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2011 FJ - Iceberg White
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Discussion Starter #1
Hey everybody, I've read through quite a few posts about convex mirror glass for the left outer mirror. Obviously here in the U.S. the glass is normally flat. I'm trying to get my hands on some OEM glass from a country with the right hand drive. I believe in those countries the passenger glass is convex like it is here, but I've failed to find confirmation.

Before you all tell me that I just need to adjust my mirrors better... I have angled them out so I can barely see the door handle with my head back against the seat. I've mostly gotten used to it and haven't had too many issues, but I would still like a wider viewing angle and really dislike the stick-on solutions.

So, I have contacted some Australian dealerships and it looks like they will send me the glass for a little under $100 after shipping costs. The part # they provided is 8796135A00. Can anyone confirm this is the correct part? Has anyone gone this route before? If so, how did it work out for you? Are there stateside sources I'm overlooking?

Thanks in advance.

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You are definitely on the right track, I fitted JPN glass to my FJ right after purchasing it and have loved them. Here are two threads on it:



(ignore the talk in those threads about cheap, aftermarket, "one size fits all" parts, and focus on the "how to" parts and the JDM part numbers:
87931-35B40 Right
87961-35B10 Left

Simple google the part number and vendors will pop up eager to sell them to you, via overseas post (just like buying locally, and sometimes takes no longer to get here).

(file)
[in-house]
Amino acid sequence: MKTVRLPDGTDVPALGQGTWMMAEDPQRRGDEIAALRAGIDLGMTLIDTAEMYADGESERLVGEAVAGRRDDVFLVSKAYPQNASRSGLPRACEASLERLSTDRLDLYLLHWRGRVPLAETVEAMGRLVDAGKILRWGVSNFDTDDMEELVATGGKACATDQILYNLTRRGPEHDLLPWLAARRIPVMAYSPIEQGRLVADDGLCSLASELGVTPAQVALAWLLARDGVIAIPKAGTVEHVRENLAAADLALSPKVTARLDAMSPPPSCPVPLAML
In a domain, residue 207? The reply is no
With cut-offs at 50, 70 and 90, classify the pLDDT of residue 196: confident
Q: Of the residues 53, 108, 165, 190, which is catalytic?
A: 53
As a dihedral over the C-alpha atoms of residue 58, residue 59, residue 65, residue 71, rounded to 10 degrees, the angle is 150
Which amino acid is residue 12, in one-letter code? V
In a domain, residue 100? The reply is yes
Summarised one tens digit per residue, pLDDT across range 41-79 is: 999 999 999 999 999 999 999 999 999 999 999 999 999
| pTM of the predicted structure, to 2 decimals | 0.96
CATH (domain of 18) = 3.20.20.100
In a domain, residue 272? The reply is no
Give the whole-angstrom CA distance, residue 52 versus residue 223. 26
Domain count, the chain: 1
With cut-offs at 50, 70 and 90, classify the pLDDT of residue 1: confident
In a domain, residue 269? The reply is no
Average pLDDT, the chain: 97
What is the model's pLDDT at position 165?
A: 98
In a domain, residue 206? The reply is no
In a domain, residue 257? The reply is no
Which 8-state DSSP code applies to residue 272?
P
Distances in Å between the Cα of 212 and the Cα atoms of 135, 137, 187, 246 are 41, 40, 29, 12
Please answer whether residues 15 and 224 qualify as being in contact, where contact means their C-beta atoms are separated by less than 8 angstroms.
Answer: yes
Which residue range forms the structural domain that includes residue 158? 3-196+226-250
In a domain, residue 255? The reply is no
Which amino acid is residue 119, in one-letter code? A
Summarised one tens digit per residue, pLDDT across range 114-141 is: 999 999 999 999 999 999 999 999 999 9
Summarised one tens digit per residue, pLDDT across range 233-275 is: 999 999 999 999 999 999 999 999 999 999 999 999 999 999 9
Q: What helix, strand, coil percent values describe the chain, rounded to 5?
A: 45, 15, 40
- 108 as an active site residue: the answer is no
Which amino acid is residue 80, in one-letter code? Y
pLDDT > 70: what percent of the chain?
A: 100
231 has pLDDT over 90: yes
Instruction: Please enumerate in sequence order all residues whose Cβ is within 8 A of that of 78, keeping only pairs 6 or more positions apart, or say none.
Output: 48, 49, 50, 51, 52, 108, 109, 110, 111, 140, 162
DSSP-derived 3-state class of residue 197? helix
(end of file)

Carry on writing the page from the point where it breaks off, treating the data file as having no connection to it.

Perhaps the AUS part number you have is for the non-heated glass. I went for heated because it is such a boon driving in winter.

Before taking off the original glass, look at how the clips are shaped on the new ones, and use that as a guide for how to pull and rotate to remove.
 

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Discussion Starter #3
Norm,
Thank you for the reply. You may have convinced me that I need heated glass now, making this project more complex, but I'm up for the challenge. Can you confirm the left hand glass is convex?

Ultimately I want both mirrors to be convex and heated. I'm not sure if I can do that with OEM parts because I haven't seen any mention of heated mirrors available for left hand drive countries.

It's interesting that neither the Japanese or Australian versions actually say they are heated, but the price of both would suggest they are.

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I’m sure our Oz guru @bazross will confirm the parts for you. Many of us went the route of the EZView kit

 

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Norm,
Thank you for the reply. You may have convinced me that I need heated glass now, making this project more complex, but I'm up for the challenge. Can you confirm the left hand glass is convex?

Ultimately I want both mirrors to be convex and heated. I'm not sure if I can do that with OEM parts because I haven't seen any mention of heated mirrors available for left hand drive countries.

It's interesting that neither the Japanese or Australian versions actually say they are heated, but the price of both would suggest they are.

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G'Day,
Our mirrors are not heated, thats a definite .... I can check part number for you if you wish ... but not being heated ..perhaps that negates the need for mirrors from DU
Cheers
Baz
 

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Hey everybody,

So, I have contacted some Australian dealerships and it looks like they will send me the glass for a little under $100 after shipping costs. The part # they provided is 8796135A00. Can anyone confirm this is the correct part? Has anyone gone this route before? If so, how did it work out for you? Are there stateside sources I'm overlooking?

Thanks in advance.

Sent from my S3_Pro using Tapatalk
That is the correct part number for a LH Aussie mirror ..
Cheers
Baz
 

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Discussion Starter #8
I’m sure our Oz guru @bazross will confirm the parts for you. Many of us went the route of the EZView kit

Yeah I've heard good reviews. Their site says they are out of stock, which actually just helps me make a decision.


G'Day,
Our mirrors are not heated, thats a definite .... I can check part number for you if you wish ... but not being heated ..perhaps that negates the need for mirrors from DU
Cheers
Baz